This is a bit like what qualitative coding often tries to do - find common themes that occur across all the sources. At a very basic level these will probably be very simple. Everyone in our sources is talking about 'Politics' in a general sense, 'The Media' and 'Opinions'. Creating these descriptive codes, and putting text into them is a useful way to start the coding process. It creates a 'map' or list of everything everyone is saying about 'The Media' and we can then read all these quotes together and look for patterns.

 

But there is a risk of creating codes that are so 'common' and so basic that they are pretty meaningless on their own. The more vague the theme, the more data will fit into it, but the less useful filtering of the data you are getting. Remember, the end goal is to find data that will answer your research question, and it is unlikely that these are as vague as 'What do people say about Politics?'. Usually you are looking for a much more specific insight, such as 'How do libertarian leaning people distance themselves from the policies of the Republican party?'. To do this, and to make a meaningful conclusion, we need to move to something more akin to the highest common denominator. In other words, what are the highest level, most significant and specific insights that are common themes in the data?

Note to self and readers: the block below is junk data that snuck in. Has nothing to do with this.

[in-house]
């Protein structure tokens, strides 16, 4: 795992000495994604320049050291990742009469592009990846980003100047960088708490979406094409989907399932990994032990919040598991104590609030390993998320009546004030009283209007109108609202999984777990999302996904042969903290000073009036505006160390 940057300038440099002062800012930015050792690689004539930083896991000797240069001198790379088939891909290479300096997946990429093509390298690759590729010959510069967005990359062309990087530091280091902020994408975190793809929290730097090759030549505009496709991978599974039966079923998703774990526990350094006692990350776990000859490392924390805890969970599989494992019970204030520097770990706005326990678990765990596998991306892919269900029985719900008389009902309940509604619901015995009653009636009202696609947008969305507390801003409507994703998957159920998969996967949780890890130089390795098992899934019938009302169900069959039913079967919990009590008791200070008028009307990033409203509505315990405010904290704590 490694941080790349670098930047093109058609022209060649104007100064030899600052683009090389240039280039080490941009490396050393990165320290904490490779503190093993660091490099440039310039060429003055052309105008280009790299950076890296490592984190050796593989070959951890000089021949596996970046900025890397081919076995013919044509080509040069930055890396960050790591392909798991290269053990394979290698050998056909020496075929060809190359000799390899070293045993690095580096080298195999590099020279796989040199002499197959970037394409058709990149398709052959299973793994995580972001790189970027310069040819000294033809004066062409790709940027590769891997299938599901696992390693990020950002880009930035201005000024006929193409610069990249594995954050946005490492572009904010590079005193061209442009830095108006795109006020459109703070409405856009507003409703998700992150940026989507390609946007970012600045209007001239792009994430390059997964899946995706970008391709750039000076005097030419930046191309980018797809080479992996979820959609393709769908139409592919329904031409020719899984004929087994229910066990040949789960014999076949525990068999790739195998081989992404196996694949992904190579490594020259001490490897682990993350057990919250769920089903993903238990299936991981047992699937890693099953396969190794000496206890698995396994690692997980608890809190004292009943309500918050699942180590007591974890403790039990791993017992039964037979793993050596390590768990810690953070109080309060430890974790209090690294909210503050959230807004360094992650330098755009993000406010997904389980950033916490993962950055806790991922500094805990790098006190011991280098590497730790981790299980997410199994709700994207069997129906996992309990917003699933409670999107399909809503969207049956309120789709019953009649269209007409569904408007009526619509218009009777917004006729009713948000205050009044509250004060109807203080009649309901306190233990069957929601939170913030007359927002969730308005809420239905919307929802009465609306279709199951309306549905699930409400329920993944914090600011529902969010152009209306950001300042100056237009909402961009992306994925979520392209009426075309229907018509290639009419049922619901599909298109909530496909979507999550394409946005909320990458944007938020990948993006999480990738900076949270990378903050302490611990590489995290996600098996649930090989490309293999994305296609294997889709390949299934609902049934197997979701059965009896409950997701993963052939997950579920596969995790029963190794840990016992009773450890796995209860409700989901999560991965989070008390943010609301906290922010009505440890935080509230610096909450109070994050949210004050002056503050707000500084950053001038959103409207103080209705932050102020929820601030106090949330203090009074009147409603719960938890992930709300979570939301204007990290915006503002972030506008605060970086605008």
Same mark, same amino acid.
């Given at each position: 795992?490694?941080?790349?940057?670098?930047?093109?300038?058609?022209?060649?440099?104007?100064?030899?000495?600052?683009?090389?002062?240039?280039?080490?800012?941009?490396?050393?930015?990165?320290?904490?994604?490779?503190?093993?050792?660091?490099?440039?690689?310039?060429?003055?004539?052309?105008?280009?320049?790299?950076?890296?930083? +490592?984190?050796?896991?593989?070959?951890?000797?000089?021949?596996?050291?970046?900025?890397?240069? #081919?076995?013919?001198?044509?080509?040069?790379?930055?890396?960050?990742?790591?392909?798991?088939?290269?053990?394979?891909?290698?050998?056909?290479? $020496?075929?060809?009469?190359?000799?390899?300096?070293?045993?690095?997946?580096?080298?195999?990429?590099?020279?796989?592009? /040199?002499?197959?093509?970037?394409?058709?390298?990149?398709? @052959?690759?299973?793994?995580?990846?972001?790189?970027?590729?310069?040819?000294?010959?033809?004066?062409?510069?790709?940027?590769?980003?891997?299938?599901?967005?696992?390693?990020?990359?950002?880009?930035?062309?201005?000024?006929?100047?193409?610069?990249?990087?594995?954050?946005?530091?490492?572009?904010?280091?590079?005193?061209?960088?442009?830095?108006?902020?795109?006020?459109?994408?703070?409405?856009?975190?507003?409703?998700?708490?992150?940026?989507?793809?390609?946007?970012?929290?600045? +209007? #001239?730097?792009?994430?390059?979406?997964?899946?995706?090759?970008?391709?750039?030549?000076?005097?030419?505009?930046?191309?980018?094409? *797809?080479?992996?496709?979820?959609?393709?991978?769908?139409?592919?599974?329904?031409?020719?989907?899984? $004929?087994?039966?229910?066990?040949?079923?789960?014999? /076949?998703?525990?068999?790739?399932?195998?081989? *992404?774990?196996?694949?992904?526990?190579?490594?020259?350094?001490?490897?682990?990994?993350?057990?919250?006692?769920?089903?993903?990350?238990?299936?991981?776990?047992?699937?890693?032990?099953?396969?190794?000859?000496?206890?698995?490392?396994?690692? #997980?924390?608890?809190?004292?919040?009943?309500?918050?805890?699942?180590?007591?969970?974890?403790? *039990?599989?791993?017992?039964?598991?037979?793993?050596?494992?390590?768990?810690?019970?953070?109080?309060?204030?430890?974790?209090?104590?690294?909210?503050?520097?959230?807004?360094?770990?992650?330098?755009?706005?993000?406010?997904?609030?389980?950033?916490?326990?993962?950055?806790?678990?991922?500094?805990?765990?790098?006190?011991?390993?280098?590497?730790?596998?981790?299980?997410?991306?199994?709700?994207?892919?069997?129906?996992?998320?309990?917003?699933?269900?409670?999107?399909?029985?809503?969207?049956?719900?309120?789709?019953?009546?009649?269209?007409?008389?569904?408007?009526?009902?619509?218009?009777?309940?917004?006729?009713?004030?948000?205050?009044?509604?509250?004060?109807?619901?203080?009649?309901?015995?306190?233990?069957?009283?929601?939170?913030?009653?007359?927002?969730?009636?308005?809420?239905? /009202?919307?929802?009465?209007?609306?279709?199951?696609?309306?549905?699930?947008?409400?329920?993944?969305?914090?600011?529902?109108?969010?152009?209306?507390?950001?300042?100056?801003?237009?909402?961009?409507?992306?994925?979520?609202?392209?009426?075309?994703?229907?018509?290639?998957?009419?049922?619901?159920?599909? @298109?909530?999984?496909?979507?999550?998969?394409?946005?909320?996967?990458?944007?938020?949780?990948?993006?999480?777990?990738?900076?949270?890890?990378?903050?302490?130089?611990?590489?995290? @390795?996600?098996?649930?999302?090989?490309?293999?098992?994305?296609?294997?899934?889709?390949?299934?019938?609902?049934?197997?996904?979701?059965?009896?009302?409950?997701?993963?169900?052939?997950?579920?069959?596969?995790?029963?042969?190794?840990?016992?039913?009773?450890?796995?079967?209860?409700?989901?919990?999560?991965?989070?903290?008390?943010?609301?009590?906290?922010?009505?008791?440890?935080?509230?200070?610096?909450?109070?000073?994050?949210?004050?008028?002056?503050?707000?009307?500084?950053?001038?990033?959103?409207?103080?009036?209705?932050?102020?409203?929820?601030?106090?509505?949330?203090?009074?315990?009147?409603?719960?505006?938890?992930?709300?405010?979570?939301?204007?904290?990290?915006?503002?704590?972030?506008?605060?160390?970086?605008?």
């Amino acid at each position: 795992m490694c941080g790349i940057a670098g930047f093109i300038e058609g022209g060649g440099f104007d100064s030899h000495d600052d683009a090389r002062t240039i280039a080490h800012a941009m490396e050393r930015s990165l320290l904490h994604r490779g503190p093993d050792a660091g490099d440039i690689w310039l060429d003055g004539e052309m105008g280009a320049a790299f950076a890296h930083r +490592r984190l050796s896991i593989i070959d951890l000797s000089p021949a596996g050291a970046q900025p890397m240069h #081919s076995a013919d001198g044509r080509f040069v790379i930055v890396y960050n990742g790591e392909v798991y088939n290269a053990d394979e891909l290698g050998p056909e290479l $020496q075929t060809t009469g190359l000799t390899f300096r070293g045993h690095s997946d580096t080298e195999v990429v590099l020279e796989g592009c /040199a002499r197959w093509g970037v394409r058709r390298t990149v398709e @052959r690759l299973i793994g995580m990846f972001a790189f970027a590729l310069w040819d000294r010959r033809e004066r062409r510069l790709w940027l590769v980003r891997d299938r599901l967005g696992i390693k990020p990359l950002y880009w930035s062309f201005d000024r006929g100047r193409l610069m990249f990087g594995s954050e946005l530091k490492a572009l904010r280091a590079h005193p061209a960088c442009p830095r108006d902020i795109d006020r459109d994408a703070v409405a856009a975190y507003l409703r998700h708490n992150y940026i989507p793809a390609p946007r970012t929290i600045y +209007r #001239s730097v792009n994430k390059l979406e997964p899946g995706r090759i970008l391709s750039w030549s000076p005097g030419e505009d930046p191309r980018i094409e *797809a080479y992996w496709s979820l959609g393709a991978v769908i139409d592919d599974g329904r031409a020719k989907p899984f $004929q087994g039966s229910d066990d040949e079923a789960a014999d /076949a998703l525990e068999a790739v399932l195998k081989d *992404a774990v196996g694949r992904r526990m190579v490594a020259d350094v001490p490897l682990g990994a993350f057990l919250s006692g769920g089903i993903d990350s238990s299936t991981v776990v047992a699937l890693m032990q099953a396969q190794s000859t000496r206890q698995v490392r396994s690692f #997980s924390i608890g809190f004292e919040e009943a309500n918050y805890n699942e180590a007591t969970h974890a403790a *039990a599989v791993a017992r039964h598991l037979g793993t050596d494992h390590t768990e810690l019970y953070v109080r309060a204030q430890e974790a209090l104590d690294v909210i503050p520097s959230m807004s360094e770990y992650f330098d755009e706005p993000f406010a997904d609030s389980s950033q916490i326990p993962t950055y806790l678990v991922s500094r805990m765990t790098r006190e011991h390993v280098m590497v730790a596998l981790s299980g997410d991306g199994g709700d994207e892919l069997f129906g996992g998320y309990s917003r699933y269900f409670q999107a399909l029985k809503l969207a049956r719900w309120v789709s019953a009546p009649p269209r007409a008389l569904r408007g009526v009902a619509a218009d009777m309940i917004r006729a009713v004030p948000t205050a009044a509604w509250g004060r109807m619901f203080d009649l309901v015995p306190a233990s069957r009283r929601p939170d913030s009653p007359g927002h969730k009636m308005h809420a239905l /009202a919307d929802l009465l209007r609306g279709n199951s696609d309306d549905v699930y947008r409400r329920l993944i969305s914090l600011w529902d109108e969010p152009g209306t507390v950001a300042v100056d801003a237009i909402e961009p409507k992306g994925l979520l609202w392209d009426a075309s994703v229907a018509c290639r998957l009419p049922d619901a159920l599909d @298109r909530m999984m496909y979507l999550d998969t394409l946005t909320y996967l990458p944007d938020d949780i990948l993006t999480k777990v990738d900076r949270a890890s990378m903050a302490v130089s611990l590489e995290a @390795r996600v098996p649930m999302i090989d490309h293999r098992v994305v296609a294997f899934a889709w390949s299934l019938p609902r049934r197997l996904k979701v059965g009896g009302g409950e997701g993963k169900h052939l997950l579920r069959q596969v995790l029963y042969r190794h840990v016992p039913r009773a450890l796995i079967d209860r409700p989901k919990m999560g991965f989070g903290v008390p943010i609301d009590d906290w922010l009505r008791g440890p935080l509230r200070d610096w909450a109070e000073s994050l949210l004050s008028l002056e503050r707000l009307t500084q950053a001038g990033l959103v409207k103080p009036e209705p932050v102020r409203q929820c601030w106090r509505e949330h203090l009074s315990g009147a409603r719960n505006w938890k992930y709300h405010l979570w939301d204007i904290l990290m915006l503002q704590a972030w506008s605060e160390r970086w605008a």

These are the 'highest common divisors' - in math the largest number you can give that allows you to divide and compare numbers or fractions. Every number is dividable by itself, and one. In the same way, every thing an individual says is true about themselves, and each word or statement they make is true in itself. However, neither of these is particularly interesting or insightful in itself, without some point of comparison. It's not important that an opinion or experience must be common to everyone to be relevant in qualitative research, in fact that's the strength of this methodology. However, you could argue that dissenting or different views are only interesting in comparison.